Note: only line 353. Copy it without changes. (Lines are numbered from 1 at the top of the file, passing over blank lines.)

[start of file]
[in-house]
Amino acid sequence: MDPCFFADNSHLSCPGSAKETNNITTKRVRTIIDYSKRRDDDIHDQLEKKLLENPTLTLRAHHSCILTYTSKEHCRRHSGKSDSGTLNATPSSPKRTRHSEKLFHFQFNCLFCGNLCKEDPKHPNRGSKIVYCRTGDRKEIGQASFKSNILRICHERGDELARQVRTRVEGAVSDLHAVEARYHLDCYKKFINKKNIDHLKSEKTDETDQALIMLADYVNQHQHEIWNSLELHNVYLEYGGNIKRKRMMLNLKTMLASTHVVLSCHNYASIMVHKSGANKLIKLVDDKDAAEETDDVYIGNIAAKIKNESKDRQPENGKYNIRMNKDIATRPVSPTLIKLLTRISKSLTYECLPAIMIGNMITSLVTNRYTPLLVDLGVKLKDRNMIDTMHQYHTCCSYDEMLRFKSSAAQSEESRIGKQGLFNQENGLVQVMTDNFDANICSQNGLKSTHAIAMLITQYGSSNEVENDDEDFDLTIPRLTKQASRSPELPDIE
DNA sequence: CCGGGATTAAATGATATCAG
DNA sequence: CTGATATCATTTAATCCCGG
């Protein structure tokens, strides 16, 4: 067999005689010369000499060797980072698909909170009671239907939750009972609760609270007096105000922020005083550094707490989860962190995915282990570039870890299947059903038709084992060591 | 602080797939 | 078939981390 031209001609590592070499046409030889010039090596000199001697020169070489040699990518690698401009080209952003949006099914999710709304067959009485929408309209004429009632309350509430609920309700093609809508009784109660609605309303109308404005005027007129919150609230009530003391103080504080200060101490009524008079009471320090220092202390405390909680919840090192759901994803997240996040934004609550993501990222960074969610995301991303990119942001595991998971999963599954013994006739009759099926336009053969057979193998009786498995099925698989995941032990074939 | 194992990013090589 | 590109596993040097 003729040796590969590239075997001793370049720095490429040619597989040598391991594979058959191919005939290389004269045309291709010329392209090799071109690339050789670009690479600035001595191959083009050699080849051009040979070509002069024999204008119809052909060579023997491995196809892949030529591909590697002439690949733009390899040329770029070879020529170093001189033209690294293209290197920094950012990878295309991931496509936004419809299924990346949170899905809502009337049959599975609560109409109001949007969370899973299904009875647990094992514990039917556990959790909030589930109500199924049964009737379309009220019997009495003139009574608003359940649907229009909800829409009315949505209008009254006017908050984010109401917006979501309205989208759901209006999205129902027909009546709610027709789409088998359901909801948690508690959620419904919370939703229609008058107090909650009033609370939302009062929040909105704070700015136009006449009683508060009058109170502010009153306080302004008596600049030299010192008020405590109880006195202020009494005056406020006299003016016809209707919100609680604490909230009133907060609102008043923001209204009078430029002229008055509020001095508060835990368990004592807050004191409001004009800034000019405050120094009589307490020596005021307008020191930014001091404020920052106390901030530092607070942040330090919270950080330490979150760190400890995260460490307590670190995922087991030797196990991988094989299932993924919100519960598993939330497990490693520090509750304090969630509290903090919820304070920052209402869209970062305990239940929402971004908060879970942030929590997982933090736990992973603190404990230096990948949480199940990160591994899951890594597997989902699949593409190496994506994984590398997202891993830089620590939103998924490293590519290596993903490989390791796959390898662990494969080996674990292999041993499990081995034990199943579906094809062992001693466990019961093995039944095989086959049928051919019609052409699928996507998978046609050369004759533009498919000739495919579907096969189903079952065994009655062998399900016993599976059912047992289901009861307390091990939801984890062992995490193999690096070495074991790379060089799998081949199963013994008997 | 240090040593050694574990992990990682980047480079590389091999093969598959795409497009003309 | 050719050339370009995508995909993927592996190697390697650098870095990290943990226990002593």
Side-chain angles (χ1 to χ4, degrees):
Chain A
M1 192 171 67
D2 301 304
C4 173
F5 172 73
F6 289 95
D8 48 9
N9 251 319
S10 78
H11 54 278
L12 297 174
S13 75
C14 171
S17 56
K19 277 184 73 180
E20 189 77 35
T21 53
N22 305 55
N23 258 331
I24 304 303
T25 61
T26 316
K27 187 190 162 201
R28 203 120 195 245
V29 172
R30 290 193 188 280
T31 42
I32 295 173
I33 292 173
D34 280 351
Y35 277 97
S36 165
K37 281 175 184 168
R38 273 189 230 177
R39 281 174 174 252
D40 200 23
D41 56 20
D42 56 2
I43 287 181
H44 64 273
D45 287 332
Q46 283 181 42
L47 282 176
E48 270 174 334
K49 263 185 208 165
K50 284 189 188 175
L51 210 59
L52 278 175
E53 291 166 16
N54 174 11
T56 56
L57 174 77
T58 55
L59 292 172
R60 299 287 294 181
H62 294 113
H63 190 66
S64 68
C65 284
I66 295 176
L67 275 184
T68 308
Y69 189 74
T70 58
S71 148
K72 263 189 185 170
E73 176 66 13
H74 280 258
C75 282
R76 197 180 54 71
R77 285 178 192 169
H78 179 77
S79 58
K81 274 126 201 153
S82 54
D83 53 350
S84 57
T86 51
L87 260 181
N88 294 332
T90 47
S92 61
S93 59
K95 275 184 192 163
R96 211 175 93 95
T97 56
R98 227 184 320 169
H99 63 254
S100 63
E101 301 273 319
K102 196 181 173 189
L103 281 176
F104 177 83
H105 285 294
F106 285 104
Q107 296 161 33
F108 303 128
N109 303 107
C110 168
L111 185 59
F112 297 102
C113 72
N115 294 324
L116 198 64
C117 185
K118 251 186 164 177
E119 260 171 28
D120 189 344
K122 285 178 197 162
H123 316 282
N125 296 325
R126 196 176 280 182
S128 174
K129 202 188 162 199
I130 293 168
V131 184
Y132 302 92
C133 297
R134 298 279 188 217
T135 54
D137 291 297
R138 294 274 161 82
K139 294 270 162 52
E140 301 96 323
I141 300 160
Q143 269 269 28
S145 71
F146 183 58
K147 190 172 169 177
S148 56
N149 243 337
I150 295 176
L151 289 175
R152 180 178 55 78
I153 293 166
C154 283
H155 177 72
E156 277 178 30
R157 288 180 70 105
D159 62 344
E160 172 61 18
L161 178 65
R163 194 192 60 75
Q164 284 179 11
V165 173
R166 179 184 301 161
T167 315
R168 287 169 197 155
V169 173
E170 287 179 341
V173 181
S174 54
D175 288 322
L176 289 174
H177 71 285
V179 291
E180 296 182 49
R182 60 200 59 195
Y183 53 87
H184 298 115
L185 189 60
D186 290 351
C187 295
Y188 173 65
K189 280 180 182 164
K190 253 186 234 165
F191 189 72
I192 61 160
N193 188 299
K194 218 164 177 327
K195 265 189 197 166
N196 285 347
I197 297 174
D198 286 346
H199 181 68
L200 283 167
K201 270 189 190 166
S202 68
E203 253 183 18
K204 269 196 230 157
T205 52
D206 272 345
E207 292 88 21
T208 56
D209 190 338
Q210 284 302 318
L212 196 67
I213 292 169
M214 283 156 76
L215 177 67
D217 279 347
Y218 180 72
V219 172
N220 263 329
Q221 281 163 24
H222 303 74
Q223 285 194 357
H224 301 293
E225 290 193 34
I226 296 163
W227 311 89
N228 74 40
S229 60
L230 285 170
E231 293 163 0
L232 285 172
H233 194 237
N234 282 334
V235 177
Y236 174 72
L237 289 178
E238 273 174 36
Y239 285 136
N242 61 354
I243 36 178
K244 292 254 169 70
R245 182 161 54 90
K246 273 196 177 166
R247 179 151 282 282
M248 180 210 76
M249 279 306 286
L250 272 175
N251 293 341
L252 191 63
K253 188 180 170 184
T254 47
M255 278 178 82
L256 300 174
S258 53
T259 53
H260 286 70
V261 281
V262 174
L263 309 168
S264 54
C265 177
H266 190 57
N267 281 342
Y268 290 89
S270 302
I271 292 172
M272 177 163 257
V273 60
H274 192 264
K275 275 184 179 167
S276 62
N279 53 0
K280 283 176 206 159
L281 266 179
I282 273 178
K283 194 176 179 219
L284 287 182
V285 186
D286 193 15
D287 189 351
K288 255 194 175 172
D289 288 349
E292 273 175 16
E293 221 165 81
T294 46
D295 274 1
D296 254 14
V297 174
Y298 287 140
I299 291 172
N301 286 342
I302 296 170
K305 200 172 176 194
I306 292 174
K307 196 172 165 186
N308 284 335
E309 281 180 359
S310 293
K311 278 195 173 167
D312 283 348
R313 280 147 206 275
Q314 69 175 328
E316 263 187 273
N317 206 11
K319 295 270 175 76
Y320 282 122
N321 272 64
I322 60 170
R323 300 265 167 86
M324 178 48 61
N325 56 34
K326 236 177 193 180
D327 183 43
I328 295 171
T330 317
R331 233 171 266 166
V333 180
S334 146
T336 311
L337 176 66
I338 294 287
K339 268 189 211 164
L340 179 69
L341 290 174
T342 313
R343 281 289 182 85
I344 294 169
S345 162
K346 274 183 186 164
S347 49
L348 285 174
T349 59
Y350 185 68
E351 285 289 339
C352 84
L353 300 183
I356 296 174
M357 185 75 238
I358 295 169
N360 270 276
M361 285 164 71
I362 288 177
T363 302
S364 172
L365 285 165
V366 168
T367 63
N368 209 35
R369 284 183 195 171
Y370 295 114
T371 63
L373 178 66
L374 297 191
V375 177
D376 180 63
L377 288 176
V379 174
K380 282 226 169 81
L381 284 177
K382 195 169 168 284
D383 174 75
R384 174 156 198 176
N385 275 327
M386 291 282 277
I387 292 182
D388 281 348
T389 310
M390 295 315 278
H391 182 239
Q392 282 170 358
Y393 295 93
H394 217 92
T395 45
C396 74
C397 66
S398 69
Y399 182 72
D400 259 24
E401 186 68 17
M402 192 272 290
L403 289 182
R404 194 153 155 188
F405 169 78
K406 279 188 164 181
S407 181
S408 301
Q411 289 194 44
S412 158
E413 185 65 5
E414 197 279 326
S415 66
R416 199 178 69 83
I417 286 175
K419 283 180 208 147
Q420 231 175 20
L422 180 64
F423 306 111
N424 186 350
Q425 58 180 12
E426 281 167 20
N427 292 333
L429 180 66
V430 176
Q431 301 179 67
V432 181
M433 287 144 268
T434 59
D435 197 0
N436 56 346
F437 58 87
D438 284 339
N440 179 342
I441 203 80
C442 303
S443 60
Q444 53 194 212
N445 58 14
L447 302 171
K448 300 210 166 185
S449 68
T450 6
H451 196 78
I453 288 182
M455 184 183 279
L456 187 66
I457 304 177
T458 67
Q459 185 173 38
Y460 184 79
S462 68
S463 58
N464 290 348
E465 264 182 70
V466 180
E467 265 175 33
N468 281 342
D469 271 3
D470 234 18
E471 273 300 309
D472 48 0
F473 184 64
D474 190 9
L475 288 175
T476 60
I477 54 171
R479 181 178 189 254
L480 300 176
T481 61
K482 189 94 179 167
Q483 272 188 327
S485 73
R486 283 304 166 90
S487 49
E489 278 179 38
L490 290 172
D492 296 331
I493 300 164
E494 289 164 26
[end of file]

H394 217 92